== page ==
The tools available to achieve this restraint include such diverse measures as ruthless budgetcutting, graduated income tax withholding, temporary curbs on the 7% investment credit, wageprice guideposts (coupled with appeals for moderation), selective credit restraints, tighter
money, and temporary tax increases. What combination of measures will be applied to keep the
economy on an even keel is not yet clear.



Official projections of a $105-$107 billion range for the fiscal 1966 budget, together with talk
of a $60 billion military budget-to-come, give a surprising amount of guidance on the dimensions
of the fiscal 1967 budget:
• Part of this is at the crude level which suggests that if the budget is rising from $96.5
billion in fiscal 1965 to, say, $106 billion this fiscal year — or nearly $10 billion — a rise
of more than $4 or $5 billion next year is in the cards.
• More convincing is the fact that a $106 billion budget in fiscal 1966 translates into a
sharp climb from a $67 billion rate of Federal purchases in the third quarter of 1965 to
about $75 billion in the second quarter of 1966.
In the absence of official estimates for fiscal 1967, a do-it-yourself approach can start with
this second-quarter level of Federal purchases and either

hold them at the $75 billion level through fiscal 1967, which yields a budget estimate
of $111 to $112 billion, or


raise them by $1 billion per quarter which leads to a budget figure of about $114
billion, or

raise them by $2 billion per quarter, which leads to a budget of $116 to $117 billion.
Uncertainty is the name of the exercise:
• The $106 billion benchmark could move up or down, depending on the demands of war
in Vietnam — or even its cessation — and the speed with which the economy can respond.
• The translation into $75 billion of purchases may not be precise.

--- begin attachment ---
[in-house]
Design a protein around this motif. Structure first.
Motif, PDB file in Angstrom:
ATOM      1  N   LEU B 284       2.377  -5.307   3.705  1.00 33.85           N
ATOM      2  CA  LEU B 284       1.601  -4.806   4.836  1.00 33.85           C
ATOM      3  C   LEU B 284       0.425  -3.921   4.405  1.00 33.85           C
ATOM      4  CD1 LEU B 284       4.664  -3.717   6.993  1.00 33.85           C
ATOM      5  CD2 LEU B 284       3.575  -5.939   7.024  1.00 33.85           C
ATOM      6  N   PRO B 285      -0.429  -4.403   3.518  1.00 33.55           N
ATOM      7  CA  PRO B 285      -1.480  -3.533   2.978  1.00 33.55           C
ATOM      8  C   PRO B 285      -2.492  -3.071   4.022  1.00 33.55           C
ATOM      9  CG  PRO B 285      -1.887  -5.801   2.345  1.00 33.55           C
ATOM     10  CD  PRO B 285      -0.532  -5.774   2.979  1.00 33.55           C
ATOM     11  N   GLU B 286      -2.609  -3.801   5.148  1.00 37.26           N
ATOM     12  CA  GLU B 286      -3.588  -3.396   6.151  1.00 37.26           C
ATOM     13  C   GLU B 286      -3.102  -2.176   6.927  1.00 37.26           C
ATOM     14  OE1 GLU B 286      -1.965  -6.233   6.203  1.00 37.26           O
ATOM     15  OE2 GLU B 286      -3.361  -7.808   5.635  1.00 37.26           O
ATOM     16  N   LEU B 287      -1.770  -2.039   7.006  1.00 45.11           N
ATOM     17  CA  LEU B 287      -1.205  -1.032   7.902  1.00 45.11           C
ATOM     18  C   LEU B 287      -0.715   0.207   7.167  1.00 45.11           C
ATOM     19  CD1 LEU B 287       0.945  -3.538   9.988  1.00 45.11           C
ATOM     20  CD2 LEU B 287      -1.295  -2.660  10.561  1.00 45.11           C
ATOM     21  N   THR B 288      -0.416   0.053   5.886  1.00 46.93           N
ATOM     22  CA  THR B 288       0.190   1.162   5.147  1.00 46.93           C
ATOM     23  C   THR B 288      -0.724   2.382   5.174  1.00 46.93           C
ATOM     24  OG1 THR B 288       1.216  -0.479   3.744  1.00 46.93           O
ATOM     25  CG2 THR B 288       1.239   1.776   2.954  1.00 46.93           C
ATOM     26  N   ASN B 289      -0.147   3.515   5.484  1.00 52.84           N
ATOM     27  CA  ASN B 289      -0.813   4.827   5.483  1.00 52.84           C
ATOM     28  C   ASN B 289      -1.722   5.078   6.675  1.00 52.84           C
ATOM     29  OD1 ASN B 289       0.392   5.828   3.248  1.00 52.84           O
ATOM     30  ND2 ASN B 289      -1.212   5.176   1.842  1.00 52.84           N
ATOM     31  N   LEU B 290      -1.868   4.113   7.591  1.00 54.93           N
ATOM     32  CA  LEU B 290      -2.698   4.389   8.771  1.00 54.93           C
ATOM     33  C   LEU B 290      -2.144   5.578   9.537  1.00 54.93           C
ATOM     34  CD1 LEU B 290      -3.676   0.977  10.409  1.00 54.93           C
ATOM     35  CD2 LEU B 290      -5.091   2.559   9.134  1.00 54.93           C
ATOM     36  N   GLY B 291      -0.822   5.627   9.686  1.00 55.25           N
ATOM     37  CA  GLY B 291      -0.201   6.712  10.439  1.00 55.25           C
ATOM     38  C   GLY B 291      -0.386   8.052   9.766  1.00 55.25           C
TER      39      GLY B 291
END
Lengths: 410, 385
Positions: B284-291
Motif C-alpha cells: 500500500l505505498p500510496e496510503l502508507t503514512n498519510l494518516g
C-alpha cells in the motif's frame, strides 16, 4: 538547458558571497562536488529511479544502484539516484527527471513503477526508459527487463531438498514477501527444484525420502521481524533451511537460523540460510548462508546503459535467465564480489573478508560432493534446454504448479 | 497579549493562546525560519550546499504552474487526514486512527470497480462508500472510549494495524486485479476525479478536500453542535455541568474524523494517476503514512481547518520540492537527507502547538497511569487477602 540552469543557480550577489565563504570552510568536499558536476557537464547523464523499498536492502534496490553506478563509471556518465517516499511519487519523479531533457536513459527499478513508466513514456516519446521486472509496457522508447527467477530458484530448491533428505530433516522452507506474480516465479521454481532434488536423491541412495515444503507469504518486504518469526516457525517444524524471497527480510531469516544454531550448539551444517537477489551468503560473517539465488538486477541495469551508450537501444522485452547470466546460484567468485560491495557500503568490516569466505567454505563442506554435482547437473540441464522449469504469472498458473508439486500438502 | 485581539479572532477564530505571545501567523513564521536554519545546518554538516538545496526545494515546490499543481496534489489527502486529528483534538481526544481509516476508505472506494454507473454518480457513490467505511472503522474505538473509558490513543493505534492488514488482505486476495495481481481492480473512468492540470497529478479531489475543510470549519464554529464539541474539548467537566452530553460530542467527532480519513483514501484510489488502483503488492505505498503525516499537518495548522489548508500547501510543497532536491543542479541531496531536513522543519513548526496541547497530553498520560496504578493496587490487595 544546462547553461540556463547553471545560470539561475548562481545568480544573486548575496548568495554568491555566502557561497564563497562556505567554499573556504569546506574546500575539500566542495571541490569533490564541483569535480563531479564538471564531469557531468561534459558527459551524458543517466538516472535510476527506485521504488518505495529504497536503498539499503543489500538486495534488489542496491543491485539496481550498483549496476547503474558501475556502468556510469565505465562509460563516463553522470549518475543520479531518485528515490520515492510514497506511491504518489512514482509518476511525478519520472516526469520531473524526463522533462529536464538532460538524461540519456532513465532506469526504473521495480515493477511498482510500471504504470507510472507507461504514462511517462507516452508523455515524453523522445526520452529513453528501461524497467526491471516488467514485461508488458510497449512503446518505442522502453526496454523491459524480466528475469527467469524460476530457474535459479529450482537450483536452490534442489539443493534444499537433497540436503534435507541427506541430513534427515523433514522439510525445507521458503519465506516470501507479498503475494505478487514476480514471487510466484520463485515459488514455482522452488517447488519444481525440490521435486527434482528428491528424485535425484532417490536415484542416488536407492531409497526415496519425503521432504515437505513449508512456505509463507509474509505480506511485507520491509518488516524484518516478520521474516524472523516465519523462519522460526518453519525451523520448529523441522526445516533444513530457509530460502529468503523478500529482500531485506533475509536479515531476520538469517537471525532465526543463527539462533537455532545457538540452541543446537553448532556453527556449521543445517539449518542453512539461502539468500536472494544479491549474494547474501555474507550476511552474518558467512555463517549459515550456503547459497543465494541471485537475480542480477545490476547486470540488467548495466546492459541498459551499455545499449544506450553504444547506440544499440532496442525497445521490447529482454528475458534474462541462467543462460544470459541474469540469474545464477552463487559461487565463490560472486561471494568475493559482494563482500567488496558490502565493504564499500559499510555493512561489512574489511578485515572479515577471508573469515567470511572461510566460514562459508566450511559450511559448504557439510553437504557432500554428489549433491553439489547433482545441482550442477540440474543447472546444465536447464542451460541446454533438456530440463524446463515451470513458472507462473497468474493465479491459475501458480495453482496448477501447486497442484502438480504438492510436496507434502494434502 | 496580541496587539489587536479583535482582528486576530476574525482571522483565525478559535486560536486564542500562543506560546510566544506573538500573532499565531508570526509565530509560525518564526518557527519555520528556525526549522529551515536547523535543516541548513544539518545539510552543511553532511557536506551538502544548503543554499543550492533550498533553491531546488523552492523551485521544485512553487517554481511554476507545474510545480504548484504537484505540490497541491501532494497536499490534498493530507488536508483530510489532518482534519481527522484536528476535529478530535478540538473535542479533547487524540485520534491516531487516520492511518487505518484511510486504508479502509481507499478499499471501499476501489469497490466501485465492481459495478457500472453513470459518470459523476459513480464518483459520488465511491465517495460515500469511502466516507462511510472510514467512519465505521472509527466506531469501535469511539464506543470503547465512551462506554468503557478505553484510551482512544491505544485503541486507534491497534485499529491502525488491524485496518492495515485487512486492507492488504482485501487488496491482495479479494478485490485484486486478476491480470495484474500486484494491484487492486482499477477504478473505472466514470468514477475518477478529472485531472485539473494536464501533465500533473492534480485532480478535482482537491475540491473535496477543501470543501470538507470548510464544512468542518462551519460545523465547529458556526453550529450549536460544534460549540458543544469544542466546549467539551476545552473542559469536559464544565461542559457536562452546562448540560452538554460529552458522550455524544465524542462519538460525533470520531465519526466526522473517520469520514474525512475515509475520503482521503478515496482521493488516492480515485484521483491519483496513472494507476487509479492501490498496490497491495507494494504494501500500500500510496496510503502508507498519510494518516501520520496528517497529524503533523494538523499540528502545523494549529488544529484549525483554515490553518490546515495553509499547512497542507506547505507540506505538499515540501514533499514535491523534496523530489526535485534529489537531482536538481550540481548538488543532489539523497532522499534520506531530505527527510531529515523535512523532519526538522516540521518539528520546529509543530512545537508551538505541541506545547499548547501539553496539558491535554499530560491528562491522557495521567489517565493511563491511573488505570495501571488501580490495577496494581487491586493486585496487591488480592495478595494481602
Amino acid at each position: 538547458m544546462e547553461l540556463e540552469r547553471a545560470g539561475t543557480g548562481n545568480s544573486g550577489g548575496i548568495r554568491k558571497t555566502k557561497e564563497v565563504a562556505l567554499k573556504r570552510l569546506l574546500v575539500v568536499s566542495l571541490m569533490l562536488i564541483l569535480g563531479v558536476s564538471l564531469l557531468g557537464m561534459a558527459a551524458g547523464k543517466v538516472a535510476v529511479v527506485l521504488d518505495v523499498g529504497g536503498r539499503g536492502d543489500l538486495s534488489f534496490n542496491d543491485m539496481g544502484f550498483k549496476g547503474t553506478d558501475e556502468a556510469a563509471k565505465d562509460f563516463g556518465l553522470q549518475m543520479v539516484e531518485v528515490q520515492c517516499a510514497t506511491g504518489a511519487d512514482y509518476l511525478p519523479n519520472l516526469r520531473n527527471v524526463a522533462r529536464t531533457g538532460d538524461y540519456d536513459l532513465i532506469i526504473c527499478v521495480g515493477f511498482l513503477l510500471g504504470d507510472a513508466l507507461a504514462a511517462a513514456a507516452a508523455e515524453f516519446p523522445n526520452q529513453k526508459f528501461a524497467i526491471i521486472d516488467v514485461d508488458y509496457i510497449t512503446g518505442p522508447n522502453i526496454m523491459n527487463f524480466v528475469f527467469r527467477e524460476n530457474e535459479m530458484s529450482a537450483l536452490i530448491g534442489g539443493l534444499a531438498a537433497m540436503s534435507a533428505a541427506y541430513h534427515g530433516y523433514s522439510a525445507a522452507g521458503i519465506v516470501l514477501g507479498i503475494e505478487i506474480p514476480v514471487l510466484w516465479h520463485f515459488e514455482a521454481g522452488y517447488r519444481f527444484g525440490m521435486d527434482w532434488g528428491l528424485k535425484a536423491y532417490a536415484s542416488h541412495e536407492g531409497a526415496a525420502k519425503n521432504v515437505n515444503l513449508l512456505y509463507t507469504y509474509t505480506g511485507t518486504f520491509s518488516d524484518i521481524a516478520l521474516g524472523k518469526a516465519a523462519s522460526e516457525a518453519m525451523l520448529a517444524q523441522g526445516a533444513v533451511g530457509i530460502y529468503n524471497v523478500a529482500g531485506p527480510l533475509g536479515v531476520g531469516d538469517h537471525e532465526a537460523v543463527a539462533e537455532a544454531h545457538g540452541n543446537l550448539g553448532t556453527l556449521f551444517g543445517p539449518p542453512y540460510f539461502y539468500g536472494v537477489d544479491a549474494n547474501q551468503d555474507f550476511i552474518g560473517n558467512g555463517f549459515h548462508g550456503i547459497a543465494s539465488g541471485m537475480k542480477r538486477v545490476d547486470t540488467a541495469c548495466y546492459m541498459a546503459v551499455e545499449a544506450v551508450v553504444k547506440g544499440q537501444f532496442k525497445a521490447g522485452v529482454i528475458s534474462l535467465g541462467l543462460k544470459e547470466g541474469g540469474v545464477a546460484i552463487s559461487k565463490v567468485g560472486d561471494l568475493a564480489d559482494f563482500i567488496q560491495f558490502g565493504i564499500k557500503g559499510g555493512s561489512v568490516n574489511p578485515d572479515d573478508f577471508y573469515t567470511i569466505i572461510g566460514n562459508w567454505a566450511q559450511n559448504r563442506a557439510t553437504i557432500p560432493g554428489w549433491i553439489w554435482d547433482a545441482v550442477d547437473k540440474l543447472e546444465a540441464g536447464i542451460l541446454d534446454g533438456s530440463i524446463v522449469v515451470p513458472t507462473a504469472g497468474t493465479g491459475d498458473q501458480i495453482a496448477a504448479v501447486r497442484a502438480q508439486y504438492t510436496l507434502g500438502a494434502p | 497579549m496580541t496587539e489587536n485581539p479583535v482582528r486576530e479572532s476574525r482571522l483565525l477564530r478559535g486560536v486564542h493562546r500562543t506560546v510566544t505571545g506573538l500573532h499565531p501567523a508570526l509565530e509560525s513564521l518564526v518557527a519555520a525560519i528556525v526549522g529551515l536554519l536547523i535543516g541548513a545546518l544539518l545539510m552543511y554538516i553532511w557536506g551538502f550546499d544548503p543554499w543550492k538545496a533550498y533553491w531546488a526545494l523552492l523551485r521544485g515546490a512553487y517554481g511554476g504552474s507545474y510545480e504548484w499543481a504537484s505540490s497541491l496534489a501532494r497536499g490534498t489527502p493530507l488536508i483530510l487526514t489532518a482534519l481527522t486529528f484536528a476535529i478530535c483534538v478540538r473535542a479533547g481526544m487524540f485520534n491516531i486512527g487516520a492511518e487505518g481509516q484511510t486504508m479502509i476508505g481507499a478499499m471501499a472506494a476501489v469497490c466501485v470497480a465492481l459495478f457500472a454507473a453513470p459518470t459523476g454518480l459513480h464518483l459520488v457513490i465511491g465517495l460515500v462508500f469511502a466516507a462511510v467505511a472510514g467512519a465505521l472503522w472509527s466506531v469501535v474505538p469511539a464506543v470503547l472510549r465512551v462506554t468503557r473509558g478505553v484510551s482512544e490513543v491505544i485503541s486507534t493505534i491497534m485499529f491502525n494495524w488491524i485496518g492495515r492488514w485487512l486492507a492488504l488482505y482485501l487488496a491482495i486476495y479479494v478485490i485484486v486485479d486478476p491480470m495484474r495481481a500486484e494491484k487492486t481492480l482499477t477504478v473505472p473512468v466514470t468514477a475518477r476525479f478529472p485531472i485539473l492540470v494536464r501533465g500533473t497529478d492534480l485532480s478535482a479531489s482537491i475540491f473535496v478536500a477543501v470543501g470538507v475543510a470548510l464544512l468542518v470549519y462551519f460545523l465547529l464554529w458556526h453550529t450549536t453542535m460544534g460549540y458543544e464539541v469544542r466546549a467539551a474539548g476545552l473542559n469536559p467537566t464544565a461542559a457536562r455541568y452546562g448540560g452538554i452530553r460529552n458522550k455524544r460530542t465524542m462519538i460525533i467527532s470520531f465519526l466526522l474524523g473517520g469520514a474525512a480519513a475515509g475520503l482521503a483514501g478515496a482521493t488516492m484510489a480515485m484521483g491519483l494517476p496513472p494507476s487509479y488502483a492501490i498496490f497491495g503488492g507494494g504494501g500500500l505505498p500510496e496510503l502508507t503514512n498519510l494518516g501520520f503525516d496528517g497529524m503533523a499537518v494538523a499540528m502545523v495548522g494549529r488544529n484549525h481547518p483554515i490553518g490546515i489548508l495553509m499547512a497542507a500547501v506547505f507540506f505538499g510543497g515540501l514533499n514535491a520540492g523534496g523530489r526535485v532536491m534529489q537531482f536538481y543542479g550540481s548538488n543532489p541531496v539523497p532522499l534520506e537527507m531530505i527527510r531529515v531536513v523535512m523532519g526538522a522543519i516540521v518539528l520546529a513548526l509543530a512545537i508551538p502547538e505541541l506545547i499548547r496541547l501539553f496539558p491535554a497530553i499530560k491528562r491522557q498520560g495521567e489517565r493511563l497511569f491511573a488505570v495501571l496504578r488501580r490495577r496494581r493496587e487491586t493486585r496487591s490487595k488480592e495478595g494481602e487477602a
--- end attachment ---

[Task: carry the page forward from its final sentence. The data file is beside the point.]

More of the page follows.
• And a $1 billion quarterly add-on may be wide of the mark.
Y et all things considered, the middle assumption seems most plausible. Federal purchases
rising from $73 and $75 billion in the first and second quarters of 1966 to $76 and $77 billion
in the third and fourth, have been used in arriving at the G NP forecast of $723 billion.

Spending increases at the State and local levels will be facilitated by a scheduled strong rise
in Federal grants-in-aid and by rising tax revenues. Borrowing costs for States and municipali­
ties have been rising steadily and will go higher under the tighter monetary environment of 1966.
On balance, a rise of some $5 billion can be expected in State and local government purchases
in 1966.



Plant and Equipment

>3^ ^ /


The most recent Government (Commerce-SEC) survey of busineer fixed,jinvestment pans''boosted previous estimates for late 1965 to a rate of nearly $55 billion and projected further
strong increases for the first half of 1966:
• The survey, taken in late October and early November, projects total plant and equip­
ment spending at an annual rate of nearly $59 billion* in the second quarter of 1966.
• This is 17% above the rate in the second quarter of 1965 and a 38% rise in the nine
quarters after the tax cut.
Since the survey was taken, business borrowing cost's have risen in the wake of the Federal
Reserve’s discount rate increase. Further restraints might be applied, possibly through tempo­
rary tax increases, or still tighter money, or voluntary credit or investment curbs. The net effect
would be to postpone some spending plans into the future. Even with additional restraints, I
expect the 1966 advance in^such spending to approach this yea/s rise of 12%.



Next year, neither a sharp decline in inventory accumulation nor a rush to stockpile should
disrupt the balanced advance of stocks and sales that has marked the entire expansion. The
excess of steel stocks is being worked off faster than most observers expected, both because steel
consumption is currently running ahead of last Summers estimates and because users are willing
to hold more steel as they boost estimates of their own needs for next year. For all of 1966,
inventory accumulation should be near this year’s level. In other words, the rise in GNP will
be a rise in final sales.

Residential construction activity will become a strong expansionary factor before the decade
is over, but not in 1966. Higher interest rates can be expected to spread into the new-mortgage
market and should keep the number of private housing starts in 1966 under 1.5 million.

Consumers’ purchasing power will be buffeted by various cross-currents in 1966. Over the
year, increased payroll taxes will somewhat more than offset new excise tax reductions and
the Medicare payments starting in July. Higher installment interest and possible emergency
taxes would also restrain consumption advances.
But overshadowing these changes will be a rapid expansion of employment and personal
incomes. Personal income in November was $546 billion, $39 billion above the level a year earlier.